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- Volume 3, Issue 1, 2007
International Retail and Marketing Review - Volume 3, Issue 1, 2007
Volume 3, Issue 1, 2007
Author M.C. CantSource: International Retail and Marketing Review 3, pp VI –VII (2007)More Less
The retail landscape is dynamic and the only constant in this environment is change. Without change there will be no development and growth. Retailers and marketers are locked in fierce competition today and are looking at ways and means to differentiate themselves from competitors, and to have the edge in the business world. New methods of competing are constantly being pursued and it has been said that only those businesses that can adapt and secure a sustainable competitive advantage will survive. This approach can be successful if academia and business join hands and together focus on new opportunities and jointly strive to expand the retail and business landscape.
Source: International Retail and Marketing Review 3, pp 1 –14 (2007)More Less
This article represents the first of several editorials to appear in the Journal of Retailing designed to examine the nexus between retail practice and research, with the goal of stimulating further research. This essay on emerging trends in pricing discusses recent advances in retail pricing optimization. We begin with a review of how retailers typically make pricing decisions using time-honored heuristics and attempt to infer the optimal decisions. However, current methods are sub-optimal because they do not consider the effects of advertising, competition, substitute products, or complementary products on sales. Most fail to take into account how price elasticity changes over time, particularly for fashion merchandise, or how market segments react differentially to price changes. In addition, many retailers find it difficult to know how to price merchandise when their suppliers offer temporary 'deals'. They are also generally unaware of how their pricing strategy influences their overall image. As these issues demonstrate, optimal pricing is not a static problem. Retailers must be able to react quickly to changes in the environment or sales patterns. This paper also provides examples of the more sophisticated pricing techniques that are currently being tested in practice. Finally, we conclude with a discussion of the critical components that must be incorporated into retail pricing.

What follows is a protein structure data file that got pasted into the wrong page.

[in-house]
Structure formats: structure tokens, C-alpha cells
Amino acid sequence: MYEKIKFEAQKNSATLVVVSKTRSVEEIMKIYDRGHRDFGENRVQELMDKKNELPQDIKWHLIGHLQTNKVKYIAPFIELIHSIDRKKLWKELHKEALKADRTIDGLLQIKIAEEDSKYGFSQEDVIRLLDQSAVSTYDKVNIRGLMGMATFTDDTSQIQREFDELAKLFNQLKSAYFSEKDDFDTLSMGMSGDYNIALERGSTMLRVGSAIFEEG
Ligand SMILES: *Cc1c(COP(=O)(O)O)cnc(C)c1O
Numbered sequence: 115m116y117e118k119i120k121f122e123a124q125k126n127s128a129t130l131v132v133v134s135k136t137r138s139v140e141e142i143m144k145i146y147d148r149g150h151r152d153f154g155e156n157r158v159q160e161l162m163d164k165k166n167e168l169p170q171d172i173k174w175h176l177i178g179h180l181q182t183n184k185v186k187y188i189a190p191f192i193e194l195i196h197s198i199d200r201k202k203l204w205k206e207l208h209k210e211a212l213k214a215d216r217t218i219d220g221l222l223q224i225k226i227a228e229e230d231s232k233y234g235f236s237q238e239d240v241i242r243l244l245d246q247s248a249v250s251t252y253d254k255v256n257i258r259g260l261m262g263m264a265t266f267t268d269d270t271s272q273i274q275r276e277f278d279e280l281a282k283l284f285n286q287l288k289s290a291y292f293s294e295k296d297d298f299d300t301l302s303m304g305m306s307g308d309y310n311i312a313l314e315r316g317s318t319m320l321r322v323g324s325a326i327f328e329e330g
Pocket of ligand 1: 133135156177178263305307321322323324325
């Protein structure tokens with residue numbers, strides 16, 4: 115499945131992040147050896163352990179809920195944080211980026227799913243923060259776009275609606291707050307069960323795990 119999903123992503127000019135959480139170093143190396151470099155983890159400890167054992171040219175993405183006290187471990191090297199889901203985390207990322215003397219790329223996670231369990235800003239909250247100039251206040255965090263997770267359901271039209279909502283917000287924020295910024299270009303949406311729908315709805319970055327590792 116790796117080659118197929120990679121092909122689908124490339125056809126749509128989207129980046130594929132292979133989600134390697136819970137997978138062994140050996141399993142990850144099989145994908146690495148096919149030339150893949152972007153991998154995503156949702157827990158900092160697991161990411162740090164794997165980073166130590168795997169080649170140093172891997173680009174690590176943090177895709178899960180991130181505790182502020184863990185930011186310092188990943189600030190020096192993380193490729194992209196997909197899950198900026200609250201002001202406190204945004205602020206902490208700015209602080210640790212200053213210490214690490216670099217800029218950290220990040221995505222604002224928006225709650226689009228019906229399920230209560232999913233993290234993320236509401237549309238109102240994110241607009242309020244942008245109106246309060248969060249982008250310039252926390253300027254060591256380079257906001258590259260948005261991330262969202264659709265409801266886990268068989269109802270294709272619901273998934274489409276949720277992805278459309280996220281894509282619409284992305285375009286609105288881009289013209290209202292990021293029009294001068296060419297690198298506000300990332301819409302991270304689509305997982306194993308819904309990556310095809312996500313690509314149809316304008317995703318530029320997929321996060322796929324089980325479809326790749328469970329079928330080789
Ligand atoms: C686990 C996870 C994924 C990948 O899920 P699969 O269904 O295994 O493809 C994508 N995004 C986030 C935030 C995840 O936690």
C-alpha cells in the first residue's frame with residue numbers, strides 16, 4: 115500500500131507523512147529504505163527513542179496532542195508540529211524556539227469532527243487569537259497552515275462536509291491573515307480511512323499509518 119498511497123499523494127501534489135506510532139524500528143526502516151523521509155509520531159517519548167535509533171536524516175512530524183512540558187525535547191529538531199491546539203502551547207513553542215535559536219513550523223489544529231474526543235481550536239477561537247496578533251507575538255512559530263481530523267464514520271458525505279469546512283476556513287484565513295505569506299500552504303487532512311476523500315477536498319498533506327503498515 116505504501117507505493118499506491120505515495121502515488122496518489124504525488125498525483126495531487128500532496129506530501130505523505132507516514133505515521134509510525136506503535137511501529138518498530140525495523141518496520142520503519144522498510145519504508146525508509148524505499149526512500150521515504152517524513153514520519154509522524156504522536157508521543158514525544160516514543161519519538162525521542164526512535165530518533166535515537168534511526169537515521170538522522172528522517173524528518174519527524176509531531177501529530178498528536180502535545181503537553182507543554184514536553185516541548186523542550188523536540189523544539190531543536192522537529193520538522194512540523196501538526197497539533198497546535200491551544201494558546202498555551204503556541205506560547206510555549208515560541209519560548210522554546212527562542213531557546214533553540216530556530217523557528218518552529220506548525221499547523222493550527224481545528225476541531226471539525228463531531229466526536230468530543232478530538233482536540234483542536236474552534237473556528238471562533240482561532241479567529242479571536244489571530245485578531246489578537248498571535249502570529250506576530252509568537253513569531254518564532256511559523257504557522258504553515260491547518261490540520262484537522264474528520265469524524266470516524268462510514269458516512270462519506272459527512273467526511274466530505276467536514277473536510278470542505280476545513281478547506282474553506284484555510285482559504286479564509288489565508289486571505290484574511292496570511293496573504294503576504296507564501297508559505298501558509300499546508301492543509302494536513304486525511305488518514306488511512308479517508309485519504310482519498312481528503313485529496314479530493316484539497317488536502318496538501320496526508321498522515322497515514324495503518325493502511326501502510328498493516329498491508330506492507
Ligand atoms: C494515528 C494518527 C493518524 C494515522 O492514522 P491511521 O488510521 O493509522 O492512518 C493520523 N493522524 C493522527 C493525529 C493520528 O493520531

Author Sharyn Rundle-ThieleSource: International Retail and Marketing Review 3, pp 15 –27 (2007)More Less
This paper shows that, while researchers often measure loyalty as an intention to repurchase, there is value in considering loyalty more broadly. This paper reveals two main schools of thought in loyalty research, starting with the attitudinal and behavioural dimensions of loyalty, which underpin most of the research in this area. Based on previously published marketing and organisational behaviour research, additional dimensions - namely, resistance to competing offers and citizenship behaviours - are introduced for empirical testing using non-hierarchical models. The consideration of a wider range of ideas will assist retail marketers to manage and build loyalty and, hence, profits through improving their understanding of the ways that customers are, or are not, loyal.
Development of a conceptual model to alternative brand contact planning in the South African marketing and communications industrySource: International Retail and Marketing Review 3, pp 28 –41 (2007)More Less
This paper explores the nature, role and planning of the alternative brand contact. Based on the outside-in and zero-based planning philosophy of integrated brand contact management, the alternative brand contact is defined as 'a planned point of contact with the brand that is experienced by consumers as unexpected and unconventional'.
A qualitative exploratory research study was conducted in 2003-2004 to engage the opinions, attitudes and motivations of the South African marketing and communications industry on alternative brand contact planning. For motivated reasons, exploratory focus groups were conducted with senior account teams in a sample of integrated communications agencies. Two further phases of research were conducted, namely : semi-structured depth interviews with key clients of the senior account teams and semi-structured depth interviews with key players within the senior account teams.